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Big Data in Healthcare Roundtable Discussion

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Big Data in Healthcare Roundtable Discussion Juergen A. Klenk, PhD NAHDO 27 th Annual Conference October 2012 New Orleans, LA Booz Allen serves clients across many markets, and Big Data is rapidly becoming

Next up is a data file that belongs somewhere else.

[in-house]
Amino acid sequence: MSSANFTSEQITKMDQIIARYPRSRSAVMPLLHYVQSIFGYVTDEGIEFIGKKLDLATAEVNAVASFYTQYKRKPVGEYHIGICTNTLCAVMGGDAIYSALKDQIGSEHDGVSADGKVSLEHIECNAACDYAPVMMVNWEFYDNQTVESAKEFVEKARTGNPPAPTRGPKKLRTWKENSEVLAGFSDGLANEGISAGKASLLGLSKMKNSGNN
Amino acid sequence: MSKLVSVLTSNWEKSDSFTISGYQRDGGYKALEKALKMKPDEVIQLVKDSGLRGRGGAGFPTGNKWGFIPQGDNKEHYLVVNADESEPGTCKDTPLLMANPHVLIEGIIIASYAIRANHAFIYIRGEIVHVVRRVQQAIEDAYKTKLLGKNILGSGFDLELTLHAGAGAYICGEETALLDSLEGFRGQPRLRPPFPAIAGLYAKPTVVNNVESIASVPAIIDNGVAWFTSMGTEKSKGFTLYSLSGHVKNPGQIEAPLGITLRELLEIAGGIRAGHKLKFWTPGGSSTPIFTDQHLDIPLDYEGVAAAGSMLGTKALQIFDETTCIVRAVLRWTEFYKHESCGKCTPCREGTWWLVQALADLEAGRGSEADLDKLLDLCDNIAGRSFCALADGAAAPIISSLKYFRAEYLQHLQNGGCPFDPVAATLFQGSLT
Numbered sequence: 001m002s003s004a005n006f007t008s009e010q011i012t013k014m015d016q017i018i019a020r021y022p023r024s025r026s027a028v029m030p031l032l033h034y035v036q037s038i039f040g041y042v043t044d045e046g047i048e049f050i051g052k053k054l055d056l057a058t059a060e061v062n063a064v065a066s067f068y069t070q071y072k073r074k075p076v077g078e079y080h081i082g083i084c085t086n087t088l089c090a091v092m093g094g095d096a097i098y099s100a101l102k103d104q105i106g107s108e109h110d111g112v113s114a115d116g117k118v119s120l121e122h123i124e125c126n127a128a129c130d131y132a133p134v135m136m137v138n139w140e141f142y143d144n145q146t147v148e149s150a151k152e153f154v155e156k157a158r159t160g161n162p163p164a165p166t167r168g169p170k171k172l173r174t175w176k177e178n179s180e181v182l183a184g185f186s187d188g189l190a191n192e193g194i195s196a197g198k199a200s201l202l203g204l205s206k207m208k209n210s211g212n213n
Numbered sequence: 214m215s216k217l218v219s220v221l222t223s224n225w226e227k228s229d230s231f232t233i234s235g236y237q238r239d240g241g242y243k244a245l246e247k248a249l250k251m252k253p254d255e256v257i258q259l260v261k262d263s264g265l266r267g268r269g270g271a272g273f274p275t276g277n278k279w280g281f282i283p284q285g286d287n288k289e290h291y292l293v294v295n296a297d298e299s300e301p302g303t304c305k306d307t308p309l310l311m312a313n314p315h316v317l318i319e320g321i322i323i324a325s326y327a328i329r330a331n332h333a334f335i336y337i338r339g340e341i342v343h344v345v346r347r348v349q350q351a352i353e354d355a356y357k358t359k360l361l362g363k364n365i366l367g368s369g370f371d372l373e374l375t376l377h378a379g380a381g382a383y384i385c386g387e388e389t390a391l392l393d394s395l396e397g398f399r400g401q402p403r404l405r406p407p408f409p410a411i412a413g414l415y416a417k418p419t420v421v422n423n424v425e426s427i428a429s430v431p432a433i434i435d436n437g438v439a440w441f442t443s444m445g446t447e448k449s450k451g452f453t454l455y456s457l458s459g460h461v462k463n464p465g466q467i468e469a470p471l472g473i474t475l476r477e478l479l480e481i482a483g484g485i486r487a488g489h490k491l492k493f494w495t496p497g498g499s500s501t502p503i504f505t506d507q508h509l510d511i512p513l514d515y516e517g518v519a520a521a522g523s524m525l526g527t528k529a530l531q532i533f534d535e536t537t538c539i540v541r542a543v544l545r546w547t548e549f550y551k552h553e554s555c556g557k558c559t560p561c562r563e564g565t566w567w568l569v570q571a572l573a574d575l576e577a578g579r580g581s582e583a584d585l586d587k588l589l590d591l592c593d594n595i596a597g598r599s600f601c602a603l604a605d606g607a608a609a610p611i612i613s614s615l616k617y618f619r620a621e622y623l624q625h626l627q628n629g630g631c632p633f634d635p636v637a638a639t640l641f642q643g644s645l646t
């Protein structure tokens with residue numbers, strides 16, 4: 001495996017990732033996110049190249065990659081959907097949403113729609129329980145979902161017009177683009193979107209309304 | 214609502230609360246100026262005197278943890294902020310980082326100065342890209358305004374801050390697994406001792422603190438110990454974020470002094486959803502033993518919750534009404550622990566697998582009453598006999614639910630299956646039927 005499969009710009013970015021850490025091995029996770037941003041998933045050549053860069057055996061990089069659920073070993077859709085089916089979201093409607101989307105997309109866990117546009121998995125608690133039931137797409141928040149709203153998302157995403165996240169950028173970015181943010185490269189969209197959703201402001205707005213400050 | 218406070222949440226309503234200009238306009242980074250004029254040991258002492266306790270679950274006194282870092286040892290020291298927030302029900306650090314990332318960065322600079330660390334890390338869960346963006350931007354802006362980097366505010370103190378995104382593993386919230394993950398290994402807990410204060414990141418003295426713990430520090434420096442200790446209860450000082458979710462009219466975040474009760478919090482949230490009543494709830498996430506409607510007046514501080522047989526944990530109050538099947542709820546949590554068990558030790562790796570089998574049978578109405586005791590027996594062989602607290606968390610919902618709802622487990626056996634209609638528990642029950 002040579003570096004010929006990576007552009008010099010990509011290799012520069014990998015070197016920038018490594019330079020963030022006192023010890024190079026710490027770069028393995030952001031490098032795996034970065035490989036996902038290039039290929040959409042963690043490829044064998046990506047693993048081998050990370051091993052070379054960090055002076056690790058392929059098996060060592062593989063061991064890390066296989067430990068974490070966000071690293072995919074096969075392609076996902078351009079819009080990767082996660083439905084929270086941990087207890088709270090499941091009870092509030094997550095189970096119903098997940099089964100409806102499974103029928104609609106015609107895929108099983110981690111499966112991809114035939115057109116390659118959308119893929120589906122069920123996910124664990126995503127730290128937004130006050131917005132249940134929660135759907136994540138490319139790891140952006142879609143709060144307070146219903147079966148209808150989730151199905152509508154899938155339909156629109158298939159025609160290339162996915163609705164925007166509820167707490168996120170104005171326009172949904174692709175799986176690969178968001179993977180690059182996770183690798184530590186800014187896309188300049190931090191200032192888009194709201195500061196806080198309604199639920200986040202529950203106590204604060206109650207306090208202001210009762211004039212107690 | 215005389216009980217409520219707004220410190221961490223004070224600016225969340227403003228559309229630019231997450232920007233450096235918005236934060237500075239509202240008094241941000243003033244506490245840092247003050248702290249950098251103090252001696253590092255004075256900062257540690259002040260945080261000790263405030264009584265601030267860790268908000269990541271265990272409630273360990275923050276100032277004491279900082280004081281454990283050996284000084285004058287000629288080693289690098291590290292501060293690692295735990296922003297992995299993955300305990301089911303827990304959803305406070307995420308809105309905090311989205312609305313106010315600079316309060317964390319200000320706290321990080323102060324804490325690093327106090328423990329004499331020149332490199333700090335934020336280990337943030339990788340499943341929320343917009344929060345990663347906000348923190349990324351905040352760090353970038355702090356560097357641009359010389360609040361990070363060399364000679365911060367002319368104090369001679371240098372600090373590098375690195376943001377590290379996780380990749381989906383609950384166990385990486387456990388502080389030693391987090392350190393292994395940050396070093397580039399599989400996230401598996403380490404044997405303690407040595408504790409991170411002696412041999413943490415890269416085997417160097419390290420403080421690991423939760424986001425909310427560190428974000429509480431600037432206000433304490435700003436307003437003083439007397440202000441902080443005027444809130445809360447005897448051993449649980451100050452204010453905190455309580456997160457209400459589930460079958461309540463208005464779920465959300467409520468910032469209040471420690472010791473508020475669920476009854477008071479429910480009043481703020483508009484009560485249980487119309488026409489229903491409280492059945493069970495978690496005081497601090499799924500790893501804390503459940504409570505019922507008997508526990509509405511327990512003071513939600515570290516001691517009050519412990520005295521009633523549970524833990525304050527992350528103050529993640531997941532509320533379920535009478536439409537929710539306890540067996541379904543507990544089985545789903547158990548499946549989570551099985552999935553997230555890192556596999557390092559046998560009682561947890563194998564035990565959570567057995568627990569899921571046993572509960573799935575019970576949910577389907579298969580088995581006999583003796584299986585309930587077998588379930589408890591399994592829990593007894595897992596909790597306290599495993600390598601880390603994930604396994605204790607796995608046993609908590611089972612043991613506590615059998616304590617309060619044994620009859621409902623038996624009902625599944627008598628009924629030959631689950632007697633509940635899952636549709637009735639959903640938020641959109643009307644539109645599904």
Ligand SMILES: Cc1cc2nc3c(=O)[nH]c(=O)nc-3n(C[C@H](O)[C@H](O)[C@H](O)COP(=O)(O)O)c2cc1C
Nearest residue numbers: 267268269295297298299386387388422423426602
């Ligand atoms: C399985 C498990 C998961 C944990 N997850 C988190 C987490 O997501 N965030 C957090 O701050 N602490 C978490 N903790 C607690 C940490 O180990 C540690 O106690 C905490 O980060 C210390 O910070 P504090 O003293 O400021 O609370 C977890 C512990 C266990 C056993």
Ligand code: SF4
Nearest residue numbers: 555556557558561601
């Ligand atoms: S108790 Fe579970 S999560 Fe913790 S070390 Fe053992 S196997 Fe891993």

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Big Data in Healthcare Roundtable Discussion Juergen A. Klenk, PhD NAHDO 27 th Annual Conference October 2012 New Orleans, LA Booz Allen serves clients across many markets, and Big Data is rapidly becoming a key component for all services provided Clients Defense Intelligence Civil Commercial International Capabilities¹ Strategy and Organization ~3,000 staff Strategy and change management Human capital, learning and communications Organization and process improvement Analytics ~6,000 staff Business analytics Mission and performance analytics Intelligence and operations analytics Advanced analytics Technology ~8,000 staff Engineering and Operations ~6,000 staff Cyber technologies Systems engineering and integration Acquisition and program management Engineering and science Enterprise integration Strategic technology and innovation Systems development Supply chain and logistics Systems engineering and integration (1) Does not include ~2500 infrastructure staff Senior Advisors with Operating Experience Reachback to 25,000+ Experts Across Booz Allen 2 The world s collection of data is growing at an exponential rate According to an IDC Digital Universe study, the total digital data created and replicated in 2011 was 1.8 billion terabytes, growing nine times in just five years. How much is that? IDC says that to store this information you would need 57.5 billion of 32-gigabyte ipads enough to erect a 61- foot-high wall running from Miami to Anchorage. Source: Organizations are drowning in data and are making it a priority to leverage Big Data to support their mission and improve their decision making 3 Health HITECH and Meaningful Use: Legislation that promotes Big Data in Health Meaningful Use Stages The Health Information Technology for Economic and Clinical Health (HITECH) Act promotes the adoption and meaningful use of health information technology, and addresses the privacy and security concerns associated with the electronic transmission of health information. 4 Big Data and Advanced Analytics are inextricably linked, and the Cloud is becoming the premier paradigm that is used as a synonym for both 1 Analytic Capabilities 2 Outputs Data Input Data Infrastructure Design Requirements Gathering Data Analysis Data Mining Statistical Analysis Predictive Modeling Discrete Event Simulation Data Output Reporting, Dashboard Design Data Visualization 3 Problem Space Payment & Delivery Reform (e.g., Quality of Care) Financial Integrity (e.g., Bad Actors, Fraud/Waste/Abuse) Scientific Computing (e.g., Biomedical/Transl. Research) Surveillance (e.g., Bio- Threats, Food/Drug Safety) Real-time Decision Support (e.g., Personalized Medicine) Analytic Complexity Advanced Analytics Advanced analytic techniques on limited amounts of data/samples Simulations Basic Reporting Dashboards Spreadsheets Basic Analytics Basic analytic techniques on limited amounts of data Business Intelligence Systems Size of Data Cloud Analytics Scalable, complex analytics to mine large amounts of data Forecasts Advanced Data Calculations Data Visualization Exploration Cloud Computing Basic analytic techniques on large amounts of data Vectors indicate current market trends 5 A closer look at some key Big Data sources in Health Domain or Problem Space Payment & Delivery Reform Example Quality of Care Data Sources Electronic Health Records Claims Data Demographic Data Financial Integrity Fraud, Waste, Abuse Claims Data Financial Network Data Social Media Data Scientific Computing Biomedical Research Genomic Data Clinical Data (studies, trials) Scientific Literature Surveillance Bio-Threats Public Health Data Social Media Market Data Real-time Decision Support Personalized Medicine Personalized Med Record Real-time measurements 6 A configurable Cloud Based Reference Architecture is required to scalably manage and analyze Big Data 7 Core Principles of a Cloud Based Reference Architecture In Situ Processing Most of the Analytics is done locally where the data are stored to avoid delays due to large date transfers. Send the question to the data. Data Tagging Throw Away Nothing All data can be richly tagged and indexed, including management of complex ontologies, for rapid querying. Near linear scalable hardware and software systems allow much more data to be stored, which enable reprocessing of historical data with new algorithms. Use Commodity Hardware Hardware must be cheap to scale horizontally and is expected to fail. The architecture supports both scalability and fault tolerance. NoSQL All data can be ingested as-is, without the need to first develop data models, avoiding expensive and slow ETL processes. 8 The Reference Architecture can be implemented using a variety of COTS and Open Source products Cloud Category Sample Vendor Landscape Summary Vendor Perspective(s) Web-based Service Software as a Service Application Component as a Service Software Platforms as a Service Virtual Infrastructure as a Service Physical Infrastructure as a Service Development of web-based APIs for accessing information / data is becoming more prevalent especially with the advent of more advanced PDAs/phones With more advanced Rich Internet Application (RIA) technology, more and more hosted software applications will continue to be offered as services Core application functionality supporting content management and business process automation is the most prolific Software platforms as a service will move more into production-grade hosting environments in addition to services for developers and testers Platform vendors will continue to offer transparent, aggregated, scalable, ondemand access to idle hardware resources scattered throughout networks Providing enterprise-grade computing, storage, network infrastructure, and IT operations services will continue to advance and become a mature, competitive market 9 Big Data Value Proposition: Solving hard and pressing problems Sepsis, Severe Sepsis, and Septic Shock (S4) is a national healthcare priority Mortality rate: 30-50% Significant prevalence: 750,000 cases diagnosed annually High burden of cost: ~ $16.7 billion nationally per year A 2007 ruling by the CMS limited payment to hospitals for certain preventable hospital-acquired infections. In 2009, CMS added sepsis to the list of conditions covered by this ruling Average total costs per S4 patient is estimated at $13,900 in the general ward, and roughly $29,900 in the ICU 1 In addition to preventing and reducing the severity and mortality of S4, evidence-based approaches to the treatment of S4 can help to reduce the treatment costs absorbed by hospitals and other providers 1 Slade E, Tamber PS, Vincent JL, The Surviving Sepsis Campaign: raising awareness to reduce mortality, Crit Care. 2003; 7(1): Example: In 2010, Booz Allen started a Meaningful Use project to study Sepsis using EHR data Using over 27,000 individual patient Electronic Health Records (EHRs) containing both structured and unstructured data spanning across 4 hospitals a 2-year period, we addressed two important research areas: Compliance Analysis: Evaluate and measure effectiveness of hospital compliance with SSC guidelines for addressing Severe Sepsis and Septic Shock (S4) by analyzing patient EHR records Early Detection Analysis: Mine EHR records for potential clinical indicators that could lead to early detection of S4 Hospital 3 Mortality Hospital 1 m = R 2 = 0.67 Hospital 4 Risk Score Target median Baseline median Compliance Most recent vital measurement Oldest vital measurement POD Target Baseline 11 Conclusions/Discussion Significant advancements across all Health domains can be expected from Big Data Improved outcomes, cost savings Reduction of fraud, waste, and abuse Advanced research Improved safety from bio-threats Patient centered care Affordable platforms are required to manage, store, analyze, and visualize Big Data Configurable Cloud Reference Architecture Analytic techniques must be developed that can leverage Big Data to solve hard problems Within 9 months mortality was reduced from 28% to 14.5% (severe sepsis) and from 47% to 18.5% (septic shock) Integrate continuous monitoring system into a Big Data Analytics environment to stream and analyze large quantities of patient data 12 THANK YOU Juergen A. Klenk, PhD 8283 Greensboro Drive McLean, VA (703)